Earning the ENERGY STAR means products meet strict energy efficiency guidelines set by the US Environmental Protection Agency. By choosing ENERGY STAR certified heating and cooling equipment and taking steps to optimize its performance, you can enhance the comfort of your home while saving energy. Saving energy helps you save money on utility bills and protect our climate by helping prevent harmful carbon pollution and reducing other greenhouse gases.
ENERGY STAR certified central air conditioners have higher seasonal energy efficiency ratio (SEER) and energy efficiency ratio (EER) ratings and use 8 percent less energy than conventional new models.
The central air conditioner also needs a blower motor – which is usually part of the furnace – to blow the cool air through the duct system. The only way to ensure that your new air conditioner performs at its rated efficiency is to replace your heating system at the same time. It’s especially recommended if your furnace is over 15 years old. If you purchase a new energy-efficient air conditioner but connect it to an older furnace and blower motor, your system will not perform to its rated efficiency.
Current Requirements effective date: September 15, 2015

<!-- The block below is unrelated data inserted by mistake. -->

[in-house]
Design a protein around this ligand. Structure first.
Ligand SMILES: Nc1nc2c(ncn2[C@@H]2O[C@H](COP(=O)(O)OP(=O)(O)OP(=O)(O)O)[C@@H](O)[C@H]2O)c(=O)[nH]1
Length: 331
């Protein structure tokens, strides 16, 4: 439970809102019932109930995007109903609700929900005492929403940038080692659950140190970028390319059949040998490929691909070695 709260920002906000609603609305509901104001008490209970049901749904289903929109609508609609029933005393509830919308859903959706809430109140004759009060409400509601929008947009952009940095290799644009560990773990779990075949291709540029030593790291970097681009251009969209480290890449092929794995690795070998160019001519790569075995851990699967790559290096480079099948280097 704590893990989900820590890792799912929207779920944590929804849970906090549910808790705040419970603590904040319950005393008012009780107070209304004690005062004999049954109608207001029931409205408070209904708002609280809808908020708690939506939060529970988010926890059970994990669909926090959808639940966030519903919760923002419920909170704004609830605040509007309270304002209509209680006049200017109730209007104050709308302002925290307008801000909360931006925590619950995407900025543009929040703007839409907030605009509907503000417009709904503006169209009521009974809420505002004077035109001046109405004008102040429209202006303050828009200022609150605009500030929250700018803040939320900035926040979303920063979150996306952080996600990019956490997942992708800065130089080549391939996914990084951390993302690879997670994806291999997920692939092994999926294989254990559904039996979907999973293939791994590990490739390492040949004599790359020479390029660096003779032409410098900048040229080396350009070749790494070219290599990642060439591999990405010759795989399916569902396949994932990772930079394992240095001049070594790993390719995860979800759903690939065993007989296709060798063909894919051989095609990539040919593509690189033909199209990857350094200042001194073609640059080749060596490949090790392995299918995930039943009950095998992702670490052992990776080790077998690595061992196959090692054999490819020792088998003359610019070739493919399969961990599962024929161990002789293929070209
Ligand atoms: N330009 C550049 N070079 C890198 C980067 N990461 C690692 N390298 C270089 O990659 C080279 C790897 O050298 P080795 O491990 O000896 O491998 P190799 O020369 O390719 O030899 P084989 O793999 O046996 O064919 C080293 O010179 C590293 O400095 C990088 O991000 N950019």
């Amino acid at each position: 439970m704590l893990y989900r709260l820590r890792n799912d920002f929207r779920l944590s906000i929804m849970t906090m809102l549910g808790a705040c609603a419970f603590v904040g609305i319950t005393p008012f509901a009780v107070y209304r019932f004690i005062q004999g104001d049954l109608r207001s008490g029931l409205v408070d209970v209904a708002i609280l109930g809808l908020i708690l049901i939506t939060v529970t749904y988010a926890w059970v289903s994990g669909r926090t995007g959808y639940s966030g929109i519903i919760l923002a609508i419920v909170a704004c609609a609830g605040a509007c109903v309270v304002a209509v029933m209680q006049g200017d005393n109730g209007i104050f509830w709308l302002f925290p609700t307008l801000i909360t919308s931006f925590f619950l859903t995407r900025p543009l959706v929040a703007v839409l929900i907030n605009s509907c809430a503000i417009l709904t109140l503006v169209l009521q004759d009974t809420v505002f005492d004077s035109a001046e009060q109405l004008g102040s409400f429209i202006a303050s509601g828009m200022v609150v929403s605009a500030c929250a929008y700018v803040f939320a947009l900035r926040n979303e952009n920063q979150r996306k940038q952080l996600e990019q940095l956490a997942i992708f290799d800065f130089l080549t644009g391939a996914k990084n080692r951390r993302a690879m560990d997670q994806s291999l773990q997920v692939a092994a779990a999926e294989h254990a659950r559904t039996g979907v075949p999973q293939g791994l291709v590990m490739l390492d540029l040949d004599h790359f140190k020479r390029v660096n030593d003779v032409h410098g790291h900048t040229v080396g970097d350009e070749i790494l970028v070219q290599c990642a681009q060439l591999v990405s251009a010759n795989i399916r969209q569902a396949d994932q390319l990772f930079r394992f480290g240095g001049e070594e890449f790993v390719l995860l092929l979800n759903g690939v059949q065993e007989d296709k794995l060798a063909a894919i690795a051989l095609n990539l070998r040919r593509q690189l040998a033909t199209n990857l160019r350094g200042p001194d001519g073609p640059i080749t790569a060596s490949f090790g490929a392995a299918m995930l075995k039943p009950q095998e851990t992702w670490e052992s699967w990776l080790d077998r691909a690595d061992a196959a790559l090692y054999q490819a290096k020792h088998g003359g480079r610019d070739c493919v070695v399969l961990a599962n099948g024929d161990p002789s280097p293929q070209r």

Central air conditioners originally qualified for the ENERGY STAR label in April, 1995.
What else should I look for when buying a central air conditioner?
Remember, even though these products can be more expensive to purchase up front, the cost difference will be paid back over time through lower energy bills.
Consider regular maintenance of your heating and cooling system to prevent future problems and unwanted costs.
Finding Certified Equipment
The Consortium for Energy Efficiency (CEE) and the Air-Conditioning, Heating, and Refrigeration Institute (AHRI) have developed an online database which identifies high efficiency equipment that has been tested to ARI 210/240 and verified by AHRI. In addition, the online directory identifies ENERGY STAR certified Central Air Conditioner and Air-Source Heat Pumps.